THE ROYAL SOCIETY OF MEDICINE

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"liquid food contains at least 100 calories, exclusive of Ialcohol and glycerine, it should not be depended on to Isustain life even for a limited period. The council recom.mends that "liquid foods" should yield at least 8’ 8 per cent.of solids on evaporation and should possess at least as muchnutritive value as milk. One-fourth of the nutritive value,exclusive of alcohol and glycerine, should reside in the

nitrogenous matter. Further, the protein matter should beconverted by enzymes-e.g., pepsin and pancreatin-and notby acids or by heat, as it is held by some observers that theproducts in the last-named cases may be toxic and dan-

gerous. --

THE STAFF OF THE JOHANNESBURGHOSPITAL.

WE learn from the South African Medical Record that thegoverning board of the Johannesburg Hospital has recentlydeprived the assistant staff of seats on the board. This hasbeen accepted without opposition but another change that ithas proposed is being vigorously opposed by the medicalstaff. This is that the board shall have power at any timeto appoint outside practitioners directly to the senior medicaland surgical posts of the hospital. It is claimed that this

rule would not ordinarily be exercised but would be held inreserve for the case of some European celebrity who mighthappen to settle in Johannesburg and whose services shouldnot be lost to the hospital because he was unwilling to passthrough the usual period of the drudgery of out-patientwork. Our sympathies are with the staff who are hostile tothis change ; it seems very unfair that those who have bornethe burden and the heat of the day should be ousted fromthe clinical reward of their labours by the chance adventof a "European celebrity" who is unwilling to follow intheir industrious footsteps.

RUPTURE OF AN AORTIC ANEURYSM IN ACHILD AGED THREE YEARS.

IN the Jourrnal of the Árnerrican Medical Association of

July 6th, Dr. R. N. Willson and Dr. A. Marcy have reportedthe following remarkable case. A male child was born of

apparently healthy parents five years after marriage, on

Oct. 19th, 1903. The father admitted that he had twicehad gonorrhoea but denied that he had ever had a

sore on the genitals. But his nose was suggestive of thesaddle type and at the age of 21 years he suffered from con-vulsive seizures resembling those of epilepsy. At the age ofsix weeks the child had bronchitis and while Dr. Marcywas examining the chest he heard a systolic murmur overthe aortic cartilage which was so loud that it was audibleover the whole chest, front and back. The circulationwas good. On Nov. 17th, 1906, the child becameill with vomiting and rigors which recurred againand again. Malaria was suspected and quinine was givenbut without result. The rigors recurred irregularly andthe temperature rose to about 102° F. and occasionally ashigh as 106°. The intervals were afebrile and then the childwas bright and playful. But when the temperature rose hewas dull and listless. At times he complained of distress inthe epigastrium, occasionally in the upper chest. Sometimeshe complained of pain in the neck; at other times the painwould shoot to his feet. He became anasmic and graduallyweaker. On Dec. 13th Dr. Willson saw him in consultationwith Dr. Marcy. The skin was sallow, almost of a lemon tint,and the mucous membranes were blanched. The cervical, sub-maxillary, axillary, epitrochlear, and inguinal glands wereenlarged. In the episternal notch expansile pulsation wasevident and a systolic thrill was felt, which extended overthe whole upper chest. The upper part of the sternumand adjacent chest were absolutely dull on percussion. A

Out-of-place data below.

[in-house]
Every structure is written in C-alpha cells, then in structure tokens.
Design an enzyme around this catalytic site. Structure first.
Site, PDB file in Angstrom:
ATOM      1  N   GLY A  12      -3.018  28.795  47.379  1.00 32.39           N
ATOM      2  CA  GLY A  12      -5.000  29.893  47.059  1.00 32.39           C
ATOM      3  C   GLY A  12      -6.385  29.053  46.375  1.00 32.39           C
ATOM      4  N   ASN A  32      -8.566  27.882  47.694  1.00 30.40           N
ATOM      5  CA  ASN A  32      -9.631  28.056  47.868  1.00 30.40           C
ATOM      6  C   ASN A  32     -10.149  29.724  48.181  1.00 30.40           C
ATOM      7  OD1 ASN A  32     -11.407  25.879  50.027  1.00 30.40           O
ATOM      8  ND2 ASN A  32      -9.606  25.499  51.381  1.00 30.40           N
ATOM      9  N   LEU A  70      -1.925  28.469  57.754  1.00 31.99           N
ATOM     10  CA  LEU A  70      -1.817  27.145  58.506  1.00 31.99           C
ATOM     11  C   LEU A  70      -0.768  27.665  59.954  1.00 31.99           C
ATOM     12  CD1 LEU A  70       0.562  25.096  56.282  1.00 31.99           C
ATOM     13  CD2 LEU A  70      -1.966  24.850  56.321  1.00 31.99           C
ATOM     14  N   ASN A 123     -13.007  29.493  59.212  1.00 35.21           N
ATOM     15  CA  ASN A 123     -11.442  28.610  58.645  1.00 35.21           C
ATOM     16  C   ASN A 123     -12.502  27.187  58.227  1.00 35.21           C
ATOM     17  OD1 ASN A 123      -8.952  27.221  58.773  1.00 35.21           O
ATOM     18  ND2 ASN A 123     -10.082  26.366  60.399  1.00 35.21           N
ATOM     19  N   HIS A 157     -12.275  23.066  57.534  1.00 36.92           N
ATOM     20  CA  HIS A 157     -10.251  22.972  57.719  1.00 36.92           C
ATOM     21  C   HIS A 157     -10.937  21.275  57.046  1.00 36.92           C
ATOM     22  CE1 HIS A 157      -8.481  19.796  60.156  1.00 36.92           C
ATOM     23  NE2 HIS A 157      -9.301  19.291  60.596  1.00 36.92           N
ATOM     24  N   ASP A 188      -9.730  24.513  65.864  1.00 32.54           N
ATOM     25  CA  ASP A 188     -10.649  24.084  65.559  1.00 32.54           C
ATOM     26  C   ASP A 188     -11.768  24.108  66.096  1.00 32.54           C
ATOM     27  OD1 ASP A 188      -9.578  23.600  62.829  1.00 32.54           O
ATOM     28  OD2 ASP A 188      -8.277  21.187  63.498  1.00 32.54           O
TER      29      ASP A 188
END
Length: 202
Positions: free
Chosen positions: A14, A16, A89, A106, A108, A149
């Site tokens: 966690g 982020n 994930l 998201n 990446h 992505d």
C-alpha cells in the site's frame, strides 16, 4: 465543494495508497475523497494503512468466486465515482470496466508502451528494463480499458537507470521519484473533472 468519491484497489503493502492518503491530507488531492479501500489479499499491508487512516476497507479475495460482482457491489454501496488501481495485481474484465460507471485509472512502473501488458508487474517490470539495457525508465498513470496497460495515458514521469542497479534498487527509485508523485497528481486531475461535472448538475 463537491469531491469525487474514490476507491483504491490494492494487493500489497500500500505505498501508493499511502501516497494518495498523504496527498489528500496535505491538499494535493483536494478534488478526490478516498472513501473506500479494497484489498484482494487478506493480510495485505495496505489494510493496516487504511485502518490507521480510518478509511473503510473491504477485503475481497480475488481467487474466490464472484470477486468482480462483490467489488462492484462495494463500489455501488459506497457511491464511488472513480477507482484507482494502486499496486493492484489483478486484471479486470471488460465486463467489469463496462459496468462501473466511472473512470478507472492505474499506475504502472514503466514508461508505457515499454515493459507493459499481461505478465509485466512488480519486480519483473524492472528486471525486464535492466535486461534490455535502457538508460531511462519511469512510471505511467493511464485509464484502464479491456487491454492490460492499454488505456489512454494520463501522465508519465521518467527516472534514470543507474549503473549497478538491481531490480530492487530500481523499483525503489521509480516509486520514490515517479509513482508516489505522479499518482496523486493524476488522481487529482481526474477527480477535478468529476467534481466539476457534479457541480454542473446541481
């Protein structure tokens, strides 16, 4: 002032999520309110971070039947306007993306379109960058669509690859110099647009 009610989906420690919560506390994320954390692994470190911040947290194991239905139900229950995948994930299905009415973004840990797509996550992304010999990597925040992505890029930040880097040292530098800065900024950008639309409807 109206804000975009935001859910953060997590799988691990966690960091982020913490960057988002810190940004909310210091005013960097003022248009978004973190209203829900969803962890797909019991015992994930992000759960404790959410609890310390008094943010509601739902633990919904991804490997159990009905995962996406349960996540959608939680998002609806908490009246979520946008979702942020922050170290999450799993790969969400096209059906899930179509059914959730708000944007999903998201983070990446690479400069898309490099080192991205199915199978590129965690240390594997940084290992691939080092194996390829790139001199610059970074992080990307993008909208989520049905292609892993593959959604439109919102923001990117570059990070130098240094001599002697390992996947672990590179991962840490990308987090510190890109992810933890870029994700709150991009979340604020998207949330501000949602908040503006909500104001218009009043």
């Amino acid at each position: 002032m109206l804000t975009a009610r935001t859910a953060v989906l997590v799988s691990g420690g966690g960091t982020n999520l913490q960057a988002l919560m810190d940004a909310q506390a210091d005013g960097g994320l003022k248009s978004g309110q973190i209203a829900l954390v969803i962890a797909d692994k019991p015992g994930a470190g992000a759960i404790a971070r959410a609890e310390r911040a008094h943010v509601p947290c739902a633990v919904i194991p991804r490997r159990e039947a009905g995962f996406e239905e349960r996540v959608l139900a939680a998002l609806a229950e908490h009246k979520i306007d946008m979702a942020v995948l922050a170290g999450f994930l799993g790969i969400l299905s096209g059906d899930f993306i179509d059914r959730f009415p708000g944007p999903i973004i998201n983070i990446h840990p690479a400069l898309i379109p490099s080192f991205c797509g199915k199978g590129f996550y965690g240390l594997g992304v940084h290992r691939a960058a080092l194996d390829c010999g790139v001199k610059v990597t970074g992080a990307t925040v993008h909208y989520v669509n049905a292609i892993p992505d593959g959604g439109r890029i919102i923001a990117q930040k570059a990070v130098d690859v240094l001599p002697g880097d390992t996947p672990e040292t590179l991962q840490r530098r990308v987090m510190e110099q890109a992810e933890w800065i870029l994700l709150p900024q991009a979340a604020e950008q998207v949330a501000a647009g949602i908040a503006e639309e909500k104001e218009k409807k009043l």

loud, double, almost continuous murmur was heard with

greatest intensity over the second right interspace and wastransmitted over the entire prseoordia and especially to theright scapular region. The abdomen (including the liverand spleen) seemed normal. Blood examination showed: ored corpuscles, 2,000,000 per cubic millimetre; white cor-

puscles, 28,000 per cubic millimetre; and haemoglobin,40 per cent. The pallor deepened to a dusky hue, the facebecame puffy, and the left radial pulse almost disappeared.Congenital syphilis was diagnosed. A mass of enlargedbronchial glands, syphilitic or tuberculous, and congenitalsyphilitic endocarditis were suspected. Aneurysm was

considered and but for the age would have been diagnosed.Death occurred on Dec. 26th. The necropsy showed an

aneurysm of the ascending and transverse arch of the aortawhich had ruptured into the pericardial cavity, advancedstenosis of the aortic orifice, and atheroma of the aorta. Theliver was large and hard ; the spleen was large but only con-gested. Dr. Willson and Dr. Marcy suggest that the

aneurysm was of intra-uterine origin and due to syphilis.

THE ROYAL SOCIETY OF MEDICINE.

THE medical section of the Royal Society of Medicine isnow fully constituted and is ready to receive papers for

reading and discussion in the winter session. The sectionwill hold its first meeting on Oct. 22nd, when Dr. Hector W. G.Mackenzie will open a discussion on the Complications andSequelae of Pneumonia and the Treatment of PneumococcalInfections by Serum or Vaccine. The list of officials of the

Royal Society of Medicine is as follows :-President :Sir William Selby Church. Honorary treasurers: Dr.F. H. Champneys and Mr. A. Pearce Gould. Honorarylibrarians : Mr. Rickman J. Godlee, Dr. H. Head, and Dr.Norman Moore. Honorary secretaries: Dr. Arthur C. Lathamand Mr. H. S. Pendlebury. Members of council: SirR. Douglas Powell, Mr. Henry Morris, Mr. J. WarringtonHaward, Mr. G. H. Makins, Sir Shirley F. Murphy, Mr. T. L.Read, Sir Felix Semon, Dr. Frederick Taylor, and Dr. T. J.Walker, together with the presidents of the sections andthe officers who are ex-officio members of the council.

A NOBLE FOUNDATION.

UNDER this heading the Times of India gives an interestingaccount of the Parsee Obstetric Hospital which was foundedin Bombay about 20 ago by Dr. R. Temulji Nariman. Untilthis energetic and determined reformer led the way the

treatment of Parsee women in their hour of travail was

lamentable. They were isolated on the ground floor,usually in the most insanitary part of the building, andwere attended by ignorant old women whose methods

can only be described as barbarous. The infantile

mortality in these circumstances was naturally veryhigh; even now it is 11 per cent. outside the hospital,whereas inside, where the inmates enjoy all the advantageswhich the advance of Western science in the hygiene ofobstetrics can place at their disposal, it is only 3 percent. The institution is so highly valued by the Parseecommunity that the accommodation is always fully taxed." We draw attention to these facts," says our contemporary," not because there is anything new in them, the success ofthe hospital being familiar to the present generation, butbecause in these hurried days none should forget what liesbehind them. This good work was not easily effected.There was a long battle against prejudice and custom inwhich, although he had the moral support of some leadingmembers of the community, Dr. Temulji Nariman was

always in the forefront. The hospital marks the bursting ofthe social fetters which were keeping the whole of the Parseecommunity in paralysing subjection; the advantages, directand indirect, which it has conferred upon the race are